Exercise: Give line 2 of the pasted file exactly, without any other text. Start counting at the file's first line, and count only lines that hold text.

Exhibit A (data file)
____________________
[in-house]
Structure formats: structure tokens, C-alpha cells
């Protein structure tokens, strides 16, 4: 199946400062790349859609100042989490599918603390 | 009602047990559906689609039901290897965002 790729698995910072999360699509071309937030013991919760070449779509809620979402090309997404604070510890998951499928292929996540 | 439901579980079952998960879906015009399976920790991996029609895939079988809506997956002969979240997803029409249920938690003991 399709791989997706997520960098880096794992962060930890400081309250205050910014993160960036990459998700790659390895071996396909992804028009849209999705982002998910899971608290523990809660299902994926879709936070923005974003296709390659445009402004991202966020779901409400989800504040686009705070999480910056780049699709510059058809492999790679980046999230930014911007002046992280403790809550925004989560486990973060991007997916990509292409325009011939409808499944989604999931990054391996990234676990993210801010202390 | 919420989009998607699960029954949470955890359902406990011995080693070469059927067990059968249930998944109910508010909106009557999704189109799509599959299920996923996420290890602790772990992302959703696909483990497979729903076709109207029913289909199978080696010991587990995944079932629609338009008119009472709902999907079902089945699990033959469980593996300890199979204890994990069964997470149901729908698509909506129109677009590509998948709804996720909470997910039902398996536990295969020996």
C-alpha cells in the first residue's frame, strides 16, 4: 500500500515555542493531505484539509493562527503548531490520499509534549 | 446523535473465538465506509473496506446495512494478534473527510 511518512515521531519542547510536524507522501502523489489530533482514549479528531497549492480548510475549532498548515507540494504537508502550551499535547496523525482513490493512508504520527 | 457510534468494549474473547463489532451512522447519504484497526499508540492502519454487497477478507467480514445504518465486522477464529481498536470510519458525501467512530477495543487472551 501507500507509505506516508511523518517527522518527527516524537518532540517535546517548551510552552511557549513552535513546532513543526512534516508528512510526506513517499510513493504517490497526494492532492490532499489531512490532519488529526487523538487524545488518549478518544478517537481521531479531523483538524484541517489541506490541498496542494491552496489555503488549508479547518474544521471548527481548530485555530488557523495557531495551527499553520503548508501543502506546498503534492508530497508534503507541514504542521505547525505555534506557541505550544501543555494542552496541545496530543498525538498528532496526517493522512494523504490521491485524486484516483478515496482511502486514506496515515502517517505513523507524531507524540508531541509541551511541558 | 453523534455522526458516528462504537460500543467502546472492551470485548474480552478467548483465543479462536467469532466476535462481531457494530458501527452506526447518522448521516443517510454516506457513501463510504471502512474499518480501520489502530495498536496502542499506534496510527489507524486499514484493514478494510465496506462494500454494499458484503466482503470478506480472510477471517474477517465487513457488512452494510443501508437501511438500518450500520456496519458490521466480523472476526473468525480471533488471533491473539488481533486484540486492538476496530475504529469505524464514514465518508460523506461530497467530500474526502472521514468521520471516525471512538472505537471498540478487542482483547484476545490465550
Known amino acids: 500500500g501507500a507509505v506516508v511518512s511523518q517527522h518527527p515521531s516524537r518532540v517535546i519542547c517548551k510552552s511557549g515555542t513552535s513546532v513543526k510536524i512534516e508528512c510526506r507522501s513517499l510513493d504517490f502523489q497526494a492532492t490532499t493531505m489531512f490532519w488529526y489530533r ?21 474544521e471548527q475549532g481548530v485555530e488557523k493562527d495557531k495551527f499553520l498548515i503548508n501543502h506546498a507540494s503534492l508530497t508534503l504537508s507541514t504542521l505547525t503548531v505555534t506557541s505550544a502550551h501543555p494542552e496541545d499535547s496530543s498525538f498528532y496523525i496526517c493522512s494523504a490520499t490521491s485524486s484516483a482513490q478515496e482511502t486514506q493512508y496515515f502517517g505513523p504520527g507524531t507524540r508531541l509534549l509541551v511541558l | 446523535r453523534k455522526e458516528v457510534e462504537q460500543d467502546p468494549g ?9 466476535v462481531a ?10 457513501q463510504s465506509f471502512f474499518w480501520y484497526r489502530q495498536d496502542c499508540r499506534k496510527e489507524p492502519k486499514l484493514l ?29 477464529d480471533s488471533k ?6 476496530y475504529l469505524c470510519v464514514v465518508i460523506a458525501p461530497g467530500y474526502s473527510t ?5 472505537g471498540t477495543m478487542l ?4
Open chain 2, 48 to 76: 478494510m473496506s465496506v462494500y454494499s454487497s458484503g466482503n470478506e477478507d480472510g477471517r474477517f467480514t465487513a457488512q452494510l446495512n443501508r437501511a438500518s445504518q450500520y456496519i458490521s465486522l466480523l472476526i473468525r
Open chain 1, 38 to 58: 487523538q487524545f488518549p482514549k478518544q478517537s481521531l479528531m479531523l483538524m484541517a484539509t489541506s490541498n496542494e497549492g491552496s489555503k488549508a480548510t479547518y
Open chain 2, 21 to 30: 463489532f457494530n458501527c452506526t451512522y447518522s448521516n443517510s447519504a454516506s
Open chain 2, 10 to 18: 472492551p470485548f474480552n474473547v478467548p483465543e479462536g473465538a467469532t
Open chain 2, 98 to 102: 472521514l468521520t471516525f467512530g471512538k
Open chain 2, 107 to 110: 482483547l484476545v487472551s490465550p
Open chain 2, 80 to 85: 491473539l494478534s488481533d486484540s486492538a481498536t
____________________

Structure formats: structure tokens, C-alpha cells